Build a 1/4 Wave HF Multiband Vertical for 40 - 10 Meters
This multiband vertical idea is based on many other home brew multiband verticles floating around the internet but it is another simple way to build a multiband ground mounted vertical that is very inexpensive and should cover 40 through 10 meters using PVC tubing as a support. When properly built, it should act as a 1/4 wave ground mounted "ground plane" type antenna on most of the design bands.
It consists of 3 sections of thick wall PVC connected together and may be self supporting, but guying is recommended due to its 33 feet + overall height!
The main PVC support lengths are:
1 ea 12 foot bottom section, and 2 each 8 foot length sections connected together using your own construction techniques, but bolting the sections together would be a good strong method of connecting them together and preventing them from slipping. The top most section is a 102 inch steel CB type whip that is used for adjusting the 40 meter section.
Each of the 5 "supporting arms", as seen in the drawing below, is attached to the main PVC vertical portion using simple PVC "T's" or your own method. They are used as the support points on the main "mast" for attaching the ends of each 1/4 wave vertical radiator. Sky hooks won't work! Try to keep the vertical radiators as far apart from each other in your building progress as possible..this will help with the tuning process.
The exact lengths of the radiators are not mentioned here due to variations on your construction and the properties of the ground under your vertical but using the standard 1/4 wave vertical formula of 234 / your frequency for each band = feet should get you started. You should always cut long and trim/tune each individual section as needed for lowest swr.
Please note that the 40 meter vertical radiator is made up of wire from the base to the top most part of the upper PVC section. From there you use a stainless steel "CB" type 102 inch whip for the top extension and tune it as needed for the 40 meter band...this gives you the length needed for adjusting to a 1/4 wave length vertical when you include the bottom section of about 28 feet of wire. You will have about 3 feet more whip than you need for the whip but use this extra to tune the final length for lowest swr.
NOTE..There is no need to CUT the whip which may be difficult (most are made from stainless steel)...just simply use adjustable hose clamps (or your own method) to attach the whip to the main 40 meter bare wire that is going down to the base of the vertical PVC tubing. Then adjust and tighten the metal hose clamps as needed by sliding the whip up or down for best tuning. When done, try to seal the connection points between the whip and the wire to help eliminate dissimilar metals oxidation.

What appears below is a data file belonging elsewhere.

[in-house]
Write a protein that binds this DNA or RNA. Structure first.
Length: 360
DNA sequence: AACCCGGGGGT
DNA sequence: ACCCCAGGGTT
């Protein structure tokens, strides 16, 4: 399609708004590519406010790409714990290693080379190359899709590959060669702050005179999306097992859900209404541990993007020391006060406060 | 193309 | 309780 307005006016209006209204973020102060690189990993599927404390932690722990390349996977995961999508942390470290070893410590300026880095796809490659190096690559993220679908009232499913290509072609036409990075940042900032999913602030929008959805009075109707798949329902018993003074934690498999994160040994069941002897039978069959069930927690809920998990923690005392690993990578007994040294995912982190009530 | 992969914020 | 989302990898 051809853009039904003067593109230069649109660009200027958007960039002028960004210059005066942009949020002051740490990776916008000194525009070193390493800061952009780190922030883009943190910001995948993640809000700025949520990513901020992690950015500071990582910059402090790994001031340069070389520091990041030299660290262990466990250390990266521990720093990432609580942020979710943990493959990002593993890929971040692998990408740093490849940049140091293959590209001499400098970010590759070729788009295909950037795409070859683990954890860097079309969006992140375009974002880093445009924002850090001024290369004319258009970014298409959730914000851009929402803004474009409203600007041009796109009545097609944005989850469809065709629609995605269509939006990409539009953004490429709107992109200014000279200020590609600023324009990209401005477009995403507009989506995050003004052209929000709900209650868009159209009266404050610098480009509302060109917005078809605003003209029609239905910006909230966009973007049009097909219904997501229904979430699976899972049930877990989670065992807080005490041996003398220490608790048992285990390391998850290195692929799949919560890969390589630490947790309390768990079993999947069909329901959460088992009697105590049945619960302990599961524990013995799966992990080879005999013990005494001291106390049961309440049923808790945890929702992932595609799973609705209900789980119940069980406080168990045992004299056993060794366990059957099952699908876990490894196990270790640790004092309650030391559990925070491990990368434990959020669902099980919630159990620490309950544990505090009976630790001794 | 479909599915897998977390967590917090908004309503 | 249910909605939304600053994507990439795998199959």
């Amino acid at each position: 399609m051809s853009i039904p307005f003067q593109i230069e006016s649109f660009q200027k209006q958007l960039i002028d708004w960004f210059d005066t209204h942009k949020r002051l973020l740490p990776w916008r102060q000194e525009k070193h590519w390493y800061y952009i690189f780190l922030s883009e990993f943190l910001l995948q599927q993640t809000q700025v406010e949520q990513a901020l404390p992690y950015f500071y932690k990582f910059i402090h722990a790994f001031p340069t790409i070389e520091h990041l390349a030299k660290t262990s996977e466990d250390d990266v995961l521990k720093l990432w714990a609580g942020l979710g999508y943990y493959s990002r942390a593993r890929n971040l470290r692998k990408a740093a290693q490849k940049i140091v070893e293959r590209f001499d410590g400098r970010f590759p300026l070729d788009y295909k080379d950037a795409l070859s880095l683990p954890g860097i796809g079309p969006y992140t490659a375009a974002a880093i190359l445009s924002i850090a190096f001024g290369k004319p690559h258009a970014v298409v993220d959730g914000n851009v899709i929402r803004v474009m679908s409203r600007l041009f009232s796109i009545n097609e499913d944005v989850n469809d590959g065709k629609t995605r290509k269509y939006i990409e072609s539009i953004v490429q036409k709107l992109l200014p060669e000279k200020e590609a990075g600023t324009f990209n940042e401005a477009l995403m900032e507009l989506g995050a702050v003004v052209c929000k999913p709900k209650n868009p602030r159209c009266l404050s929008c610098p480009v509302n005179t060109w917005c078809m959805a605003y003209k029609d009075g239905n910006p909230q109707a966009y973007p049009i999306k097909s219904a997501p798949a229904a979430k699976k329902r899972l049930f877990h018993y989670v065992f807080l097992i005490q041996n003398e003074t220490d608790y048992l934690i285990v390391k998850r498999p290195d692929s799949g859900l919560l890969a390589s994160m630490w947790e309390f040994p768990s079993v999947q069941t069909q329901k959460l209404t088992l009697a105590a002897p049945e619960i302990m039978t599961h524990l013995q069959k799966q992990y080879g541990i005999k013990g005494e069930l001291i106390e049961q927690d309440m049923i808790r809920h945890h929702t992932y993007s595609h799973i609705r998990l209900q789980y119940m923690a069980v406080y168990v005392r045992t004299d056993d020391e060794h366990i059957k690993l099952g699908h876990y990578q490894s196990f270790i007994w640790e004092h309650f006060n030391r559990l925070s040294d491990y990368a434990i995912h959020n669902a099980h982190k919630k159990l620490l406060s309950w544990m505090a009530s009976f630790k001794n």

The various "vertical wires" may interact with other bands so some adjustments of the antenna lengths may be needed. The use of an antenna analyzer would be a good idea if you have one, but if not, then use your trusty swr meter. You might also eliminate the 15 meter vertical section and use the 40 meter section as a third multiple on 15 meters. The swr on 15 meters, using the 40 meter section for 15, may not be extremly low, but might be useable..your choice.
If you don't want to "fool" with adjusting each individual 1/4 wave vertical, then the use of a good antenna tuner in the shack should peak and tweak each band as long as the lengths of the vertical elements are close to 1/4 wave length or a bit longer.
The antenna is fed at the bottom as with any other vertical construction with 50 ohm coaxial cable and all vertical 1/4 wave vertical elements are connected together at the base of the PVC tubing and they are connected to the center conductor of the coax.
The radials should be at least 1/4 wave long for each band and as many as you can put down under the antenna for best performance and low swr.
This may not be a "plug and play" antenna so some fun will be had getting it on the air..but hey, isn't that what antenna building is all about.
See the KL7JR radial ring projectfor some ideas for the radial system.
This idea can be modified as needed for best performance or for the bands that you desire. You should also see the link below for some other ideas that may help you enjoy getting this type of antenna on the air! Have fun!
Additional similar antenna project for more ideas!